CML Awareness Day is September 22
Since I first heard about it, I always thought it was very clever of someone to designate a day for chronic myeloid leukemia (or chronic myelogenous leukemia) on September 22.
You are probably thinking that “clever,” is a weird thing to call a date but if you read until the end, I’ll explain why.
Diagnosed with leukemia eight years ago
I was diagnosed with CML nearly eight years ago. It is a very difficult disease to explain to other people. No matter how much I learn about it, I still don’t know everything.
However, what I do know is that CML is a blood cancer resulting from a genetic abnormality called the Philadelphia chromosome. The abnormal chromosome is created when chromosomes number 9 and 22 have a “translocation,” and kind of `switch’ places. The oncogene that forms is called BCR-ABL.
When I was first diagnosed, my CML specialist explained it by saying the chromosomes – “get married,” or pieces of each latch onto each other. How romantic! (Still hoping for a divorce one day!)
I have spouted the term “BCR-ABL” so much these past eight years that I think those around me have their heads spinning. Why?
The big BCR-ABL test
When I go for bloodwork, the `big’ test I take is called “BCR-ABL,” because it shows how much leukemia is in my system.
The rest of my bloodwork comes back that same day but the results for the BCR-ABL test take longer. It drives me crazy. This last month, for example, it took nearly two weeks to find out what was going on. Other times the results appear after only a few days. Either way, the waiting can be stressful.
Your oncologist/hematologist will likely set milestones on results and tell you when they should be reached. It can be an up and down journey and every patient’s experience is different.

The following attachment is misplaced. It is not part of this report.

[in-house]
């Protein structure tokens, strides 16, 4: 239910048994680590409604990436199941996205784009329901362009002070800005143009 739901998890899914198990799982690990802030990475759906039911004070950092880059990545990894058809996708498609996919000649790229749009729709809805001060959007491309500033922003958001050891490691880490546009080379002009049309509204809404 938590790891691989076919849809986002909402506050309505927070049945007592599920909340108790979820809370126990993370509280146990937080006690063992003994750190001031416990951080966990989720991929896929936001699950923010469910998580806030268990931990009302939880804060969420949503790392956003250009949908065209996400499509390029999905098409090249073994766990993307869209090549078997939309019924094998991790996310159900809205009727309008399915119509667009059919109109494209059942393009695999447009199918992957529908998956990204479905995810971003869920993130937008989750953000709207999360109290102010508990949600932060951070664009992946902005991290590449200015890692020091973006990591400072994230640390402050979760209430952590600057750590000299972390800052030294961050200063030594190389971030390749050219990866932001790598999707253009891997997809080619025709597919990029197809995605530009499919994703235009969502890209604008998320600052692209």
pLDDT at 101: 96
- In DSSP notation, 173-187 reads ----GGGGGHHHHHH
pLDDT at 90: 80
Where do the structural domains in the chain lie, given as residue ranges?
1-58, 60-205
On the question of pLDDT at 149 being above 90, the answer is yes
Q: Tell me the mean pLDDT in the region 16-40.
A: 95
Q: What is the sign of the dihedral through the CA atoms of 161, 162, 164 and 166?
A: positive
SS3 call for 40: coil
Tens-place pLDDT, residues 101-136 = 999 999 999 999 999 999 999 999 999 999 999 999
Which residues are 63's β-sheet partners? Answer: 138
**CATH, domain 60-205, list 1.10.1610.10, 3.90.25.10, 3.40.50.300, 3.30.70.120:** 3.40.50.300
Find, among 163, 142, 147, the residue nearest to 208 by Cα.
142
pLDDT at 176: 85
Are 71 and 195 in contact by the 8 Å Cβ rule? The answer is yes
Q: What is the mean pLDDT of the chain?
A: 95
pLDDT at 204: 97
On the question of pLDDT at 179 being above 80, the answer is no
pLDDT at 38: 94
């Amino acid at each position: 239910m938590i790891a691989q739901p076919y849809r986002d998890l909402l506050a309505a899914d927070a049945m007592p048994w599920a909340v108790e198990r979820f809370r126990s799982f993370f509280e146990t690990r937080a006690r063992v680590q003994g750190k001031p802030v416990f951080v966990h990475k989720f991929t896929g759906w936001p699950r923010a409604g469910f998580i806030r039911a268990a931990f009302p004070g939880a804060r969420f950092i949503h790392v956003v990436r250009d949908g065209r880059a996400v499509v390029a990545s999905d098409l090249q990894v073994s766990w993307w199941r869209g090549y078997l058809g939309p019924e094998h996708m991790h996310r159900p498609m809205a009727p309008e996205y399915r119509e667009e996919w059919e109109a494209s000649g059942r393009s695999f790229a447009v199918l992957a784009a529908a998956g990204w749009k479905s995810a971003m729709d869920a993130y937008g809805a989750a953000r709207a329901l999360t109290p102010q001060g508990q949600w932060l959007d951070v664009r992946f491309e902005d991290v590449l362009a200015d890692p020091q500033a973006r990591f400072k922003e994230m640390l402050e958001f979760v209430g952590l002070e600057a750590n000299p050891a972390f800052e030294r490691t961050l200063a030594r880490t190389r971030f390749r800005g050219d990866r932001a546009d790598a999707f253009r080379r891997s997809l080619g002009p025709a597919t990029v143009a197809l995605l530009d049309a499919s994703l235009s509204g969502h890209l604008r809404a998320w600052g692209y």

TKIs - weighing effectiveness with side effects
Many CML patients, but not all, are given oral, targeted drugs called tyrosine kinase inhibitors (TKIs) for treatment. These drugs come with a lot of side effects that have to be weighed against if they are able to kill leukemia cells or a better way to put it is “get them under control.”
Another thing I was told is that the cells are not really gone but they can go into hiding and become undetectable which is an important goal. Therefore, there is no cure for CML. There is no remission. The most you can hope for is this undetectable “response.”
My TKI experience: ups and downs
As for me, I was taken off the first TKI after about a year. I was slow to respond and had terrible side effects—to the point that I couldn’t walk any more among other things.
I fared better with the second TKI, even achieving “undetectable,” status at certain points. But if I’ve learned one thing it is that you can’t get complacent or assume things can’t change.
After a brief time off treatment this past winter for another medical reason, the amount of leukemia in my system increased. I’ve been in this situation for several months now and it is discouraging to say the least.
My next BCR-ABL test is tomorrow so we’ll see how it goes. I may need to change to a different drug or best-case scenario, I’ll get better results and continue on.
Bits and pieces
What more is there to know about CML? Well, for starters, the cause of it is unknown. It supposedly isn't heredity.
Another important fact is that CML is located in your blood and bone marrow and is “not a tumor” (cue Arnold Schwarzenegger in “Kindergarten Cop.") CML does not have stages. It does have three “phases,” however. Those are chronic, accelerated, and blast (also called blast crisis or acute).
Okay, if you’ve made it this far—you’ve waited long enough. Drum roll please.
The significance of 9-22 as CML Awareness Day
CML gets its own designated special day on September 22 because…9 and 22 are those abnormal chromosomes that put us in this mess in the first place!
Because CML is a rare blood cancer, it seldom gets attention. I’m thrilled that someone was clever enough to put 9 and 22 together and come up with this special designation day.
So, to all those CMLers out there…Let’s make our voices heard—today of all days and every day.
Have you entered our Blood Cancer Awareness Month giveaway?
Did you have to make diet changes after your blood cancer diagnosis?
Join the conversation